9 of Latin America’s Scariest Urban Legends and Folklore

Halloween is usually all about costumes, pumpkins, and maybe a few scary movies

LATAM urban legends

Photo: Pexels/ Brett Sayles

Halloween is usually all about costumes, pumpkins, and maybe a few scary movies. But if you are really looking for a scare, Latin American folklore is on a whole other level. There are some truly frightening stories that will give you nightmares if they haven’t already haunted your childhood. However, these tales dont just exist as fantasies, because of how famous they are some people claim they’re real.  In 2019, a man in Texas claimed to have seen the Chupacabra, and a year later, residents of a neighborhood in Colombia allegedly heard the chilling cries of la Llorona. Whether you grew up listening to these stories or are at least familiar with the lore, you know they’ve haunted the minds of our community for years.  Read on to learn about nine of the most terrifying tales in Latin American folklore.



The Chupacabra is said to attack and drink the blood of livestock, including goats. Though some speculate they’re just mangy coyotes or some other animal, the legend has carried on. It is one of the most well-known and feared mythological creatures throughout Latin America, especially in Mexico and Puerto Rico. Through the years many have alleged to have seen the chupacabra but the legend remains just that though it hasn’t stopped terrifying generations.


La Llorona

La Llorona, also known as “The Weeping Woman,” is famous among many cultures thanks to films that have popularized the story. It is believed that if you disobey your parents, la Llorona is coming for you. According to one legend, it started with a woman named Maria who discovers her husband’s infidelity. In a fit of rage, she drowns her children and immediately regrets it. After realizing she is unable to save them, she drowns herself, and her spirit lives on to kidnap and kill children who wander off into the darkness.


Los Aluxes

Los Aluxes in Mayan spirituality  are believed to be spirits resembling tiny children who live in caves. There is even a dog that follows them, as they are keepers of the forests and protect farmers’ fields from any danger. Many locals believe that Aluxes treat you the same way you treat them. When entering their territory, be nice and offer them food. If you have crops and harvest, you’ll need to build them a tiny house. Some say that their mischievous behavior creeps up on you after seven years, and if you don’t seal the doors of their tiny homes, they will start to turn against you. You may begin to notice your property is missing, or you may begin having nightmares and even sleepwalking.


El Silbón

El Silbón comes to us from Colombia and Venezuela. Also known as “The Man Who Whistles,” he is usually described as a lost soul carrying a bag of bones looking for the next body to collect. The story starts with a young boy, viewed by many as a spoiled brat, who was hungry and demanded his father go hunting for deer meat. When the dad came back empty-handed, he killed him in a fit of rage. In response, his grandfather beat him and fed him to the dogs, cursing him to an eternity of carrying his father’s bones. Now people say that if you hear whistling, your own death is approaching, and the only thing that can save you is the sound of a whip or dogs barking.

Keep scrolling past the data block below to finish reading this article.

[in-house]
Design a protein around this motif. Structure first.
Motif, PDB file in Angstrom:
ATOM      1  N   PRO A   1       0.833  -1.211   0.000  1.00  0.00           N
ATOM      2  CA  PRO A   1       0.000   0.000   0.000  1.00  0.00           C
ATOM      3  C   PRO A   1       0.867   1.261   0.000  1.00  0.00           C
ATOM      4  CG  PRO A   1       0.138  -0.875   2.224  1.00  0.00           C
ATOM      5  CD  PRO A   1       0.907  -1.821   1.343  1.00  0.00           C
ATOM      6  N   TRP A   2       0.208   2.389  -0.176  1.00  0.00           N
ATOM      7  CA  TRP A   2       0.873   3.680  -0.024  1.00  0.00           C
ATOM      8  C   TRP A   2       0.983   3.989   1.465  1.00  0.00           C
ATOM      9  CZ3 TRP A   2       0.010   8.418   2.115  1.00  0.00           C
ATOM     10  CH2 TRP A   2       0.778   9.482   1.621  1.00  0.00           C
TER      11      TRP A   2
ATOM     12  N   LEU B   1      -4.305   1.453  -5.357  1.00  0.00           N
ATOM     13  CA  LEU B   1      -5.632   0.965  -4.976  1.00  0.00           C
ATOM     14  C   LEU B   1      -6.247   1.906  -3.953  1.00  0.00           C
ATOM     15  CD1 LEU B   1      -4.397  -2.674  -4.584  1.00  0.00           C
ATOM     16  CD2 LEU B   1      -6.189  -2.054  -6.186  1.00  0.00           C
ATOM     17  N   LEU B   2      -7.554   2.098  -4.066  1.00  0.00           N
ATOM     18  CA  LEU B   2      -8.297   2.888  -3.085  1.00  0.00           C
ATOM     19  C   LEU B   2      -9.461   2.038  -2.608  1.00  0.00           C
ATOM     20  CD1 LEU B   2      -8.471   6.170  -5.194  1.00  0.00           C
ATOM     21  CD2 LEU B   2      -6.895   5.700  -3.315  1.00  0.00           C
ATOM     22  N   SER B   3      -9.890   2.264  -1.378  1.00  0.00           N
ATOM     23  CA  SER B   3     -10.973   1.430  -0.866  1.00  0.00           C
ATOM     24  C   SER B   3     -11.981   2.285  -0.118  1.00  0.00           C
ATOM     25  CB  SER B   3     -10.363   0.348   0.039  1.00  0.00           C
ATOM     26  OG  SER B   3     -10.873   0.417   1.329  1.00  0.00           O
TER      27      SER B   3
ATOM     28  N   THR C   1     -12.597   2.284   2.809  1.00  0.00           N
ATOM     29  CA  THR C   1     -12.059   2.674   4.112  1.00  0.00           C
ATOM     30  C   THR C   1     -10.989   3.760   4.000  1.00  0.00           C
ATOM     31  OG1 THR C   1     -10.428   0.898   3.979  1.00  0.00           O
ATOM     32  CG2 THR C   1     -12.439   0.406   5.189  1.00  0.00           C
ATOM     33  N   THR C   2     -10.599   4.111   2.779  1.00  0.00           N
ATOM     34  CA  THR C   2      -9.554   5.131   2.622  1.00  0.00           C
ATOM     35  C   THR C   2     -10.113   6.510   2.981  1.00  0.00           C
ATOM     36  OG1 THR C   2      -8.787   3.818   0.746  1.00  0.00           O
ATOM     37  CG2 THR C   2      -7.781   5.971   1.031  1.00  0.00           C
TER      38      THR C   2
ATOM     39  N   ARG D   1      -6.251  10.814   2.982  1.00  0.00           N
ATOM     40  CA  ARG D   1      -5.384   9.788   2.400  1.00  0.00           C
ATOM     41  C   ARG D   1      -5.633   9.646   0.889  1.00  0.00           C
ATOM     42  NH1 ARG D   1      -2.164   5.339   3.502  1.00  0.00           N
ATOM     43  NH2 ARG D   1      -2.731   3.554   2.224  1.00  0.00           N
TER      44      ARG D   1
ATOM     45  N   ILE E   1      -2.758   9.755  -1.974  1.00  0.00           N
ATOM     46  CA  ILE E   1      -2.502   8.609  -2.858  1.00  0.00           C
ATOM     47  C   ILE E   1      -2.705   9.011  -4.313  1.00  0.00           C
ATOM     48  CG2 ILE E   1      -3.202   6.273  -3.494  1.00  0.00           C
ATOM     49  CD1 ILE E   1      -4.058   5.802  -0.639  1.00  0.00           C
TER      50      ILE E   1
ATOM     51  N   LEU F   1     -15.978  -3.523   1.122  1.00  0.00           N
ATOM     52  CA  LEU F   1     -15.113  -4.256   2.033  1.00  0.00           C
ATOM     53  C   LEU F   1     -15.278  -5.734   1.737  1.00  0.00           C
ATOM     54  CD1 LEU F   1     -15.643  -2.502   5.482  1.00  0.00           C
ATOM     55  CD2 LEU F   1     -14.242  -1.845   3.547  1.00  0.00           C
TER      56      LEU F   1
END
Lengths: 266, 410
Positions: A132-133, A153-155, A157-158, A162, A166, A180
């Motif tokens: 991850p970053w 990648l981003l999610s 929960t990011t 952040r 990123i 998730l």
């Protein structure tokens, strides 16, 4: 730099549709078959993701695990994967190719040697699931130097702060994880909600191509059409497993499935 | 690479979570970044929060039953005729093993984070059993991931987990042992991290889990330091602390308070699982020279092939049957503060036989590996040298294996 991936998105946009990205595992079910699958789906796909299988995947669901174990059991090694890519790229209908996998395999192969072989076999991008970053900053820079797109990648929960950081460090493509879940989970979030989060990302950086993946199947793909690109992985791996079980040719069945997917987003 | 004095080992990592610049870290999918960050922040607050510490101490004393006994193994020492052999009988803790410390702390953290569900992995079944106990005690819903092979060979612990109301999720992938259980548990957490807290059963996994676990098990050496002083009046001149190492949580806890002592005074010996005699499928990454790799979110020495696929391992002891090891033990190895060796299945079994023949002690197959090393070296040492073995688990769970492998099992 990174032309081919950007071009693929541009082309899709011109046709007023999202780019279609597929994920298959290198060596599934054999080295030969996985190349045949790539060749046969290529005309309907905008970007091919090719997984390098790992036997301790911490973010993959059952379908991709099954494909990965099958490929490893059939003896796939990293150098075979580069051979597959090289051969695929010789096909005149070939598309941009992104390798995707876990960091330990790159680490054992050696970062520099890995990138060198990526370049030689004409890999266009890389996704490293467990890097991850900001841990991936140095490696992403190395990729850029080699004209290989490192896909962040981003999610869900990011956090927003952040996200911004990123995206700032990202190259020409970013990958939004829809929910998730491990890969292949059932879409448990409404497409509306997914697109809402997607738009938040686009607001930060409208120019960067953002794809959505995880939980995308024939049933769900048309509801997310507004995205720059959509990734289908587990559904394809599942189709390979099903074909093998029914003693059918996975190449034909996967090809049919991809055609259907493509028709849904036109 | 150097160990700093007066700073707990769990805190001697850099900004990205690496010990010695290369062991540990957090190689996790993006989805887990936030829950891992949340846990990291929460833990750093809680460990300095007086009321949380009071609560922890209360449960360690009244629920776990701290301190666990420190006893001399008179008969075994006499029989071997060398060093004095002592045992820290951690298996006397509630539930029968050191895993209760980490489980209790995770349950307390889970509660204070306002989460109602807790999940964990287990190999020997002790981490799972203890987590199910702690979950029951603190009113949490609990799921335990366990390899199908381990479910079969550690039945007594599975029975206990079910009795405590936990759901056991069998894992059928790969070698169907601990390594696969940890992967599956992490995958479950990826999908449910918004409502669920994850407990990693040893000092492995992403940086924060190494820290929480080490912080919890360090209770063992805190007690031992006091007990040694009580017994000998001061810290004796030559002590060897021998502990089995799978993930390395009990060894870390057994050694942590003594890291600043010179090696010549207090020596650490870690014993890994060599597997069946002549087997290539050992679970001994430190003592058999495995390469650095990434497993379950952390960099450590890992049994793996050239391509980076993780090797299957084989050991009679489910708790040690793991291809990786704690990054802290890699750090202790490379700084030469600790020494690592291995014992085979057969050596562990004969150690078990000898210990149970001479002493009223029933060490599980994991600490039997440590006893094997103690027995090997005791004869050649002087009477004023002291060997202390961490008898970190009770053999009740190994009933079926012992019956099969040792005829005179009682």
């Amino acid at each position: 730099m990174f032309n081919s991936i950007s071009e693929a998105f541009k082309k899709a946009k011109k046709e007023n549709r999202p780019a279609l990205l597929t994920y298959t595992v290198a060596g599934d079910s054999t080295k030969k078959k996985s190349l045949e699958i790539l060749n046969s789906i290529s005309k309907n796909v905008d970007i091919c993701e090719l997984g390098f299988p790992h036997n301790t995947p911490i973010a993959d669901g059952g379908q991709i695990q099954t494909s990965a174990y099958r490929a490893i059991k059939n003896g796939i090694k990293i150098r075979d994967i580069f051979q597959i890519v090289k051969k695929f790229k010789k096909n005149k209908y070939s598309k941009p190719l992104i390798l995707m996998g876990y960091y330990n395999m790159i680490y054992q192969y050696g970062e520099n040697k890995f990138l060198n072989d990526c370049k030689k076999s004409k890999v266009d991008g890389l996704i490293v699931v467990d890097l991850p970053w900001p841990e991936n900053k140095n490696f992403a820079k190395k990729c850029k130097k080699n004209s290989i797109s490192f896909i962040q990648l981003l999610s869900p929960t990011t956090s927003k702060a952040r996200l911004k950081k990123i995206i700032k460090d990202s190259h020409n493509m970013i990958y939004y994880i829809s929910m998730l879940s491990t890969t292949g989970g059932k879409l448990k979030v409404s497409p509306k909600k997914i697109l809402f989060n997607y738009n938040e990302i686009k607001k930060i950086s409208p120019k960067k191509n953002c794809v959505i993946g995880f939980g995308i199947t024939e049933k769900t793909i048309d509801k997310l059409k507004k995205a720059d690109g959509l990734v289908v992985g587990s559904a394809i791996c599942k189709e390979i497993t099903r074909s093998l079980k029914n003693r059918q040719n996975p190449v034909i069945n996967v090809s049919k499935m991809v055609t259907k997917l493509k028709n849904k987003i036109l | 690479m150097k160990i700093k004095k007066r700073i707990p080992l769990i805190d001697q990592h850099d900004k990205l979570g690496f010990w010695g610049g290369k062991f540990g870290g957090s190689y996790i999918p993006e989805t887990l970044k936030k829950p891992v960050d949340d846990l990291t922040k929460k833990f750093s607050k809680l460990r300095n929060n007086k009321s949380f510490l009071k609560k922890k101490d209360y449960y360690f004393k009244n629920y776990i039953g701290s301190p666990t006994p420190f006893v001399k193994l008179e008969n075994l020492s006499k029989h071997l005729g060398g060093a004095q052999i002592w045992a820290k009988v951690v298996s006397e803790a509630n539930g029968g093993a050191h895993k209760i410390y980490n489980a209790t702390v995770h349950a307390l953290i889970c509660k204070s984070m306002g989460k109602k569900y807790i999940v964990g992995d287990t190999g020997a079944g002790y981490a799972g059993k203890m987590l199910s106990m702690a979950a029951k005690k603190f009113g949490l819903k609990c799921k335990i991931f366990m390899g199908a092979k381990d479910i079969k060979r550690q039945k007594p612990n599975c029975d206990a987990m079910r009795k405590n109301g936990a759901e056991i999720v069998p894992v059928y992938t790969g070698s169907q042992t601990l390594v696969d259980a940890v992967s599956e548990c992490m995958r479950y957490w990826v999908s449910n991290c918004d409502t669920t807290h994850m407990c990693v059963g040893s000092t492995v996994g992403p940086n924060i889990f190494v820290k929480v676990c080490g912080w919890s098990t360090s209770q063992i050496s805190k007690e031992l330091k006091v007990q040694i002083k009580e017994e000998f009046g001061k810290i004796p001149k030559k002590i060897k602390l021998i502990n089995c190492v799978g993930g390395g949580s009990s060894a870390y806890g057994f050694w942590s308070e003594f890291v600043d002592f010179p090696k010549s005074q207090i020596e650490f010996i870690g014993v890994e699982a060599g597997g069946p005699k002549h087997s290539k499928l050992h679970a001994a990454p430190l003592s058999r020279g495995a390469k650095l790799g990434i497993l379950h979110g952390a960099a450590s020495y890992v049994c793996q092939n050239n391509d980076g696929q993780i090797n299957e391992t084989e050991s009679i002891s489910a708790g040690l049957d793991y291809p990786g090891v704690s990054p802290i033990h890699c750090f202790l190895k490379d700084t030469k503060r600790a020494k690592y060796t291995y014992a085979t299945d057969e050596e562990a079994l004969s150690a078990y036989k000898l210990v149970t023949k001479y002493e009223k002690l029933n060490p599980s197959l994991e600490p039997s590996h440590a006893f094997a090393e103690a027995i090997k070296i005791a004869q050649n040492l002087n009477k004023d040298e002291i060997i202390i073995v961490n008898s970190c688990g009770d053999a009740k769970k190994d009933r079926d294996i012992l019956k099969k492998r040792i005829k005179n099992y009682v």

El Mohan

The legend of el Mohan is very popular among Colombians. This creature can be two separate entities; it can take the shape of a strong man with golden skin and long hair or that of a tall hairy beast with big hands and feet. This Bigfoot-like creature lives near rivers and has access to large caves and underground tunnels. He uses gold and jewels to attract and lure women into these caves. Those who give in are never found or heard from again.


El Sombrerón

There’s no way you can miss el Sombrerón. Legend says he’s a short man who wears all-black clothing, boots, a thick belt, and an extremely large hat that covers his face. People in Guatemala say he roams the streets of Antigua with a group of mules and his large guitar. Using his guitar and sweet-sounding voice, his goal is to lure women specifically with long hair. Once he has them in his grasp, he haunts them, preventing them from eating and sleeping while he braids their hair. It’s believed that the only way to get rid of him is to chop off all of your long hair.


El Coco (or El Cucuy, Coca)

El Coco is what parents use to get their kids to finish their dinner, go to sleep, or just behave in general. This small, hairy creature has glowing red eyes, ears like a bat, and razor-sharp teeth. While no one knows exactly who created this urban legend, many point to the Spaniards though variations exist in Mexico (El Cucuy) and Brazil (Coca). All we know is that this hideous Latin American Bogeyman hides in closets and attacks you in your sleep when you least expect it.


La Ciguapa

Over in the Dominican Republic, La Ciguapa is frequently described as a female creature with long, glossy hair that covers her entire body, brown or dark blue skin, and backward-facing feet. She’s only seen at night, and you’ll never know which direction she’s coming from because of the way her feet are positioned. It’s said she lures men and then while kissing them she sucks the breath out of their bodies.


La Luz Mala

La Luz Mala is a fluorescent beam of light that, according to legend, is a broken soul crying in pain. Popular in Argentina/Uruguya, it’s said that it emanates deadly gases from decomposed bones. It’s believed if you walk toward the light you’ll find human remains.

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chupacabra Featured Halloween la llorona latin american folklore latino children's stories urban legends
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